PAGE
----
‘The Penitent’ by Anne Brontë is a religious poem about repentant souls. The poem portrays its subject’s pursuit of salvation while encouraging them to hold onto their newfound faith.
‘Despondency’ by Anne Brontë is a spiritual poem about rekindling one’s passion for God. The poem hinges on the speaker’s self-reflection and the emotions it stirs in them.
‘Done is a Battell on the Dragon Blak’ by William Dunbar is a medieval Easter poem of Scottish roots. It tells of Christ’s victory over Satan by his crucifixion, death, and resurrection.
‘My God! O Let Me Call Thee Mine!’ by Anne Brontë is a prayer that takes the form of a poem. In it, the speaker makes their requests known to God, while reverencing him.
‘Air Raid’ by Chinua Achebe is a poem that provides a glimpse into the Nigerian/Biafran Civil War using symbolism and dark humor.
‘The Sower’ by Victor-Marie Hugo reveals the musings of a poet persona as he observes an old sower working in his fields till night.
‘Answer’ by Chinua Achebe portrays a persona shedding off insecurities about his homeland. He stops comparing it to that of his colonizers, seeing it as the vibrant place it always was.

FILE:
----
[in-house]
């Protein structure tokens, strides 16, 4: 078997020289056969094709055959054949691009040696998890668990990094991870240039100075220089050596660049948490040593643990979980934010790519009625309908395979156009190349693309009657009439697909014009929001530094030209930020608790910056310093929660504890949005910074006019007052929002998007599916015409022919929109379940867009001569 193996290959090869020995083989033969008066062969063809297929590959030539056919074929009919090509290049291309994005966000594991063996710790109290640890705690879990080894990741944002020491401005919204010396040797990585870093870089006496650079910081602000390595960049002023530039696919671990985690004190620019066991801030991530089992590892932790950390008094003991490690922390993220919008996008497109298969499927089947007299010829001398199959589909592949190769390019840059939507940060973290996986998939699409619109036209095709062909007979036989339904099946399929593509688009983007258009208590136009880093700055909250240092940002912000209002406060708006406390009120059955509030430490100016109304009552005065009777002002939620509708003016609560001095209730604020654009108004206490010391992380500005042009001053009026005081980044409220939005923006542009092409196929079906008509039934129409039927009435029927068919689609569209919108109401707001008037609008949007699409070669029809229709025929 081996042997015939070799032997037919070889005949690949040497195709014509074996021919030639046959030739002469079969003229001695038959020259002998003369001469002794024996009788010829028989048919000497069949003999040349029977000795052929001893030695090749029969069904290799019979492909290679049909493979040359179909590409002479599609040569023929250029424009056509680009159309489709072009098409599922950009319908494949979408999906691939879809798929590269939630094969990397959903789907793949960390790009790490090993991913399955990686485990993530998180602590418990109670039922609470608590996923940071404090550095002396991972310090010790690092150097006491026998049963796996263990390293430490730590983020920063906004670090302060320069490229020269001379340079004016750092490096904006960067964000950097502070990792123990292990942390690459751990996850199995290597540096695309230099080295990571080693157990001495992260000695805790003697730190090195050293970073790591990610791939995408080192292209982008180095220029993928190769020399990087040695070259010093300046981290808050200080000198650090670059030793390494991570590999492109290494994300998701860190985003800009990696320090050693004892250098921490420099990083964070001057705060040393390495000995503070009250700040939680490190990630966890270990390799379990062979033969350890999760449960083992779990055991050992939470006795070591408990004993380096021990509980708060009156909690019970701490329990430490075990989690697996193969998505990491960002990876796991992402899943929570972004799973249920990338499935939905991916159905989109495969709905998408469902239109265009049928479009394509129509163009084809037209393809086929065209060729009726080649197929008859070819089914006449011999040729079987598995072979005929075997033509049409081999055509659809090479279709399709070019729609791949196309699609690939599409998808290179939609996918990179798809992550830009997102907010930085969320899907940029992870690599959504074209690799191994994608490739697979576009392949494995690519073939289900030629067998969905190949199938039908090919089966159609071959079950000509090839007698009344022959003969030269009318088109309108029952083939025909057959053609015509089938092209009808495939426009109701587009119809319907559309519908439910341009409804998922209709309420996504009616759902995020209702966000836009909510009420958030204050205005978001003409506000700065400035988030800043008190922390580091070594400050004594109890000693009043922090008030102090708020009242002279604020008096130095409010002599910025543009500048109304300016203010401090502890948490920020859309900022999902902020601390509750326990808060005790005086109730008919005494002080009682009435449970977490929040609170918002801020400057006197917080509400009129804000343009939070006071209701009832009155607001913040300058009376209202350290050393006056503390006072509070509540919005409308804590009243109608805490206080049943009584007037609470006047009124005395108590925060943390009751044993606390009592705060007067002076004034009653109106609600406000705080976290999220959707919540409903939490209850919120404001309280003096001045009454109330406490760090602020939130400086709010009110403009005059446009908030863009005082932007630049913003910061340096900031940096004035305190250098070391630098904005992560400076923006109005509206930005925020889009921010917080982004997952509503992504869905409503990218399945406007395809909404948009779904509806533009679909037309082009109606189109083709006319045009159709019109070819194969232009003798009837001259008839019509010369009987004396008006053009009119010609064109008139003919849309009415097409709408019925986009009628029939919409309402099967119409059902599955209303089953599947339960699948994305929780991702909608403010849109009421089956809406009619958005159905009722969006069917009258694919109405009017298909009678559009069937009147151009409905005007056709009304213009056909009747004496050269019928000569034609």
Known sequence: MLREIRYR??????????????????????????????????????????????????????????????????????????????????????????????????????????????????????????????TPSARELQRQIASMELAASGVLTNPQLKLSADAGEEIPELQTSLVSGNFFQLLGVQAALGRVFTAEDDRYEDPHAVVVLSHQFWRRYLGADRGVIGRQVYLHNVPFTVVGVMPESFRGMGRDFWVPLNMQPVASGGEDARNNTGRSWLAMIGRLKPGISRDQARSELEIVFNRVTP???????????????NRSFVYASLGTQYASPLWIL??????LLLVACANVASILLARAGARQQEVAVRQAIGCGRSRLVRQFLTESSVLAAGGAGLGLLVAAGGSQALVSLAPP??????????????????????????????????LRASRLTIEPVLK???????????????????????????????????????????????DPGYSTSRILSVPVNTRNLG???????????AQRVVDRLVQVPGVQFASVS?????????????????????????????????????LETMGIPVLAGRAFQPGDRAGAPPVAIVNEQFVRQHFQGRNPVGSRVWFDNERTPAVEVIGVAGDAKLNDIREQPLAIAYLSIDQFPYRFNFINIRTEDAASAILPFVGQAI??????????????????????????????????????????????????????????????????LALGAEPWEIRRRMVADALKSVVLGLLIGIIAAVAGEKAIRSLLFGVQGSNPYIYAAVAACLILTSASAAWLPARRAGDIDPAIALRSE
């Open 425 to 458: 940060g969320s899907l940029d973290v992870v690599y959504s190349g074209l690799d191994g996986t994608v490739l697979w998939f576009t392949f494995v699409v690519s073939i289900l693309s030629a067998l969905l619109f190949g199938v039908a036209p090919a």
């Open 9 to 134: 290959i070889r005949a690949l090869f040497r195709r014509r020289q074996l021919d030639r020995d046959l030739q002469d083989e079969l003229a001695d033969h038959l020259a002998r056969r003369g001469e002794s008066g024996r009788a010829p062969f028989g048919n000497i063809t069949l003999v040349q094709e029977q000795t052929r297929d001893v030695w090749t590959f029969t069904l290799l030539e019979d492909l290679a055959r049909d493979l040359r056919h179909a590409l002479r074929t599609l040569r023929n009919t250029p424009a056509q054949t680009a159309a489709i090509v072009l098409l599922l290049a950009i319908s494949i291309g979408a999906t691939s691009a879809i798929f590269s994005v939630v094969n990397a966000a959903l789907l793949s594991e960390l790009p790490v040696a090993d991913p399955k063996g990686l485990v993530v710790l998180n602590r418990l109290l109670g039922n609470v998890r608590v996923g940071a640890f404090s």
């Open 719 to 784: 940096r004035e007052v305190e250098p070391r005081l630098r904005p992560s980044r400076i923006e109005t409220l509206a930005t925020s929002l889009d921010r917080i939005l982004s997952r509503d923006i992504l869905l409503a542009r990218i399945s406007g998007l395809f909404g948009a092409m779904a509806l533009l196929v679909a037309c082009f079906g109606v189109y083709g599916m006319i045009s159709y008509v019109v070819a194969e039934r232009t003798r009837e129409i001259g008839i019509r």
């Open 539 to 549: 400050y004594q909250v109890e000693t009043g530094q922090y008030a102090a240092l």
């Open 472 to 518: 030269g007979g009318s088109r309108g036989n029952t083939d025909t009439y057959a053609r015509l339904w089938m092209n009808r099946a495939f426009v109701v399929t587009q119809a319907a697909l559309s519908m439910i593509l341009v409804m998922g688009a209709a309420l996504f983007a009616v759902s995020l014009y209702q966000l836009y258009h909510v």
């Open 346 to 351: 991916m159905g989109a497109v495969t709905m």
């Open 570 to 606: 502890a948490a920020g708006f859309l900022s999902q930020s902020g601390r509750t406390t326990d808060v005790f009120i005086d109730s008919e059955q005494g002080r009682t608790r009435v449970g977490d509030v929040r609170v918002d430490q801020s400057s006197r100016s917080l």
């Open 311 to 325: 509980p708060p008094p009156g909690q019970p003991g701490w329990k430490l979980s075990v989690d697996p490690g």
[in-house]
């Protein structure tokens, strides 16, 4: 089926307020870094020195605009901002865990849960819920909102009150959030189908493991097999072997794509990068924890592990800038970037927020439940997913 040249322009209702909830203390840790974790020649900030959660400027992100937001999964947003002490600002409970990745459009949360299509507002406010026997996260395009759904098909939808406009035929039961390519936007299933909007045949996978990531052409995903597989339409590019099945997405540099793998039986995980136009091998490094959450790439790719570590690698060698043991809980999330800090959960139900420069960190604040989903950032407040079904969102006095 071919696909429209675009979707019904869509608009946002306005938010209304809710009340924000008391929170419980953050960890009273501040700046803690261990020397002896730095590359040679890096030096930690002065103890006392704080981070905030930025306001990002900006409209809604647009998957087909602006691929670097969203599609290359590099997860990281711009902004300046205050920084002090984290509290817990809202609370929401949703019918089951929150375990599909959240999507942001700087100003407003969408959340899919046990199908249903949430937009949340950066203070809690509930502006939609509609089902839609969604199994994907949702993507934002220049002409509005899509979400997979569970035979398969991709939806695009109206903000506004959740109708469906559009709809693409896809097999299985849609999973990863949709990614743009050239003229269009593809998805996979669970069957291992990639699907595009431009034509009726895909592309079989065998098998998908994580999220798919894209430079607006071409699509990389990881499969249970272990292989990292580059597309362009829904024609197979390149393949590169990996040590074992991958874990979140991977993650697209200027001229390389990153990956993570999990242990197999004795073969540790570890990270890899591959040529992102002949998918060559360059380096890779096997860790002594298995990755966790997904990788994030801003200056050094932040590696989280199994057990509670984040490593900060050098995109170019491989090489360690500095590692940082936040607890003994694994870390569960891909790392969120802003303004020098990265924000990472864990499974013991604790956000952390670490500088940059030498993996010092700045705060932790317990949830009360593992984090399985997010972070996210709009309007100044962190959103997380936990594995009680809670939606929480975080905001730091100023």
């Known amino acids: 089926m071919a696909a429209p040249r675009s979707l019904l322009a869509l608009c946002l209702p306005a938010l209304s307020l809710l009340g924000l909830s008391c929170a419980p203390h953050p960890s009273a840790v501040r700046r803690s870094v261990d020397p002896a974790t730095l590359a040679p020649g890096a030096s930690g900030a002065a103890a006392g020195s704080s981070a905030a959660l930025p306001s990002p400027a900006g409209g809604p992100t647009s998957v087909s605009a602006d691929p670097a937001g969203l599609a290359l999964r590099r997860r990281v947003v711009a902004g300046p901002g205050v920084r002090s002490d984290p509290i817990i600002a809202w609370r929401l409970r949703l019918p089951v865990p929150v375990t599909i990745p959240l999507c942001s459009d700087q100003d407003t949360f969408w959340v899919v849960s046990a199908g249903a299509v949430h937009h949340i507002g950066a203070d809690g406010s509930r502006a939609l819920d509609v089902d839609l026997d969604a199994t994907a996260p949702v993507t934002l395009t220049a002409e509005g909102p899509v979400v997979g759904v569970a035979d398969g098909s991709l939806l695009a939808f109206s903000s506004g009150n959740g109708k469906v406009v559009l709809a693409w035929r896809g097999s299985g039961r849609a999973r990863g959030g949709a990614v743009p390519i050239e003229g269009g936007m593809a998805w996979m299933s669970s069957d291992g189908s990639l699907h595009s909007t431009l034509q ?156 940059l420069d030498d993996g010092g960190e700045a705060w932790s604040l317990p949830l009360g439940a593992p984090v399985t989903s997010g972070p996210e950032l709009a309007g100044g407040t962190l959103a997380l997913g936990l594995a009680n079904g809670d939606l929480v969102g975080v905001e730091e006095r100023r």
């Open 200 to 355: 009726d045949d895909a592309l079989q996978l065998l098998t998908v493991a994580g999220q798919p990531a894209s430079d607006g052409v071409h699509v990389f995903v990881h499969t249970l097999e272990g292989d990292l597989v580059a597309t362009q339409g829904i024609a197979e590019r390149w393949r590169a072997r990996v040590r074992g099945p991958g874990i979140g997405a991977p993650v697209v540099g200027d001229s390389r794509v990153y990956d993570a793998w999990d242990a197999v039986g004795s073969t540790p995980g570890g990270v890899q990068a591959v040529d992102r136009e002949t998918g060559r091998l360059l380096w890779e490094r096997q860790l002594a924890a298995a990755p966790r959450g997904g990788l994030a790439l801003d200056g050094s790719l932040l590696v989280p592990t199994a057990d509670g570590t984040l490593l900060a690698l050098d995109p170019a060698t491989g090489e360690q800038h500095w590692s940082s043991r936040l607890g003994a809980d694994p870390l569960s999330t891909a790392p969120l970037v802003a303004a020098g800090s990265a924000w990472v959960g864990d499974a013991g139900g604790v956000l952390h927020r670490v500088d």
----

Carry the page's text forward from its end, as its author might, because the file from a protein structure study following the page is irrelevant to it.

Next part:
‘Love Cycle’ by Chinua Achebe describes sunrise, sunset, and their effects on Earth using the metaphor of a barely happy couple.
‘The Mountain’ by Elizabeth Bishop is a poem portraying the transience of nature and life from the viewpoint of a personified mountain.
‘Women’ is a short poem praising previous generations of African American women who fought for the education of girls.
The Tradition is the titular poem from Pulitzer Prize winner Jericho Brown’s poetry collection. It brings to light the maltreatment of African Americans in the present US, while relating it to the past.
‘A Day’ by Emily Dickinson is a lyrical poem describing sunrise and sunset. In a metaphysical sense, it also portrays the beauty of life and the uncertainty of death.
‘Middle Passage’ by Robert Hayden is a narrative poem written in the 1940s. It describes the happenings of the Atlantic Slave Trade, as told from the perspective of several white narrators.
‘To God’ is a poem of the early twentieth century. It expresses the plight of the poet persona as he laments to God about his mental illness.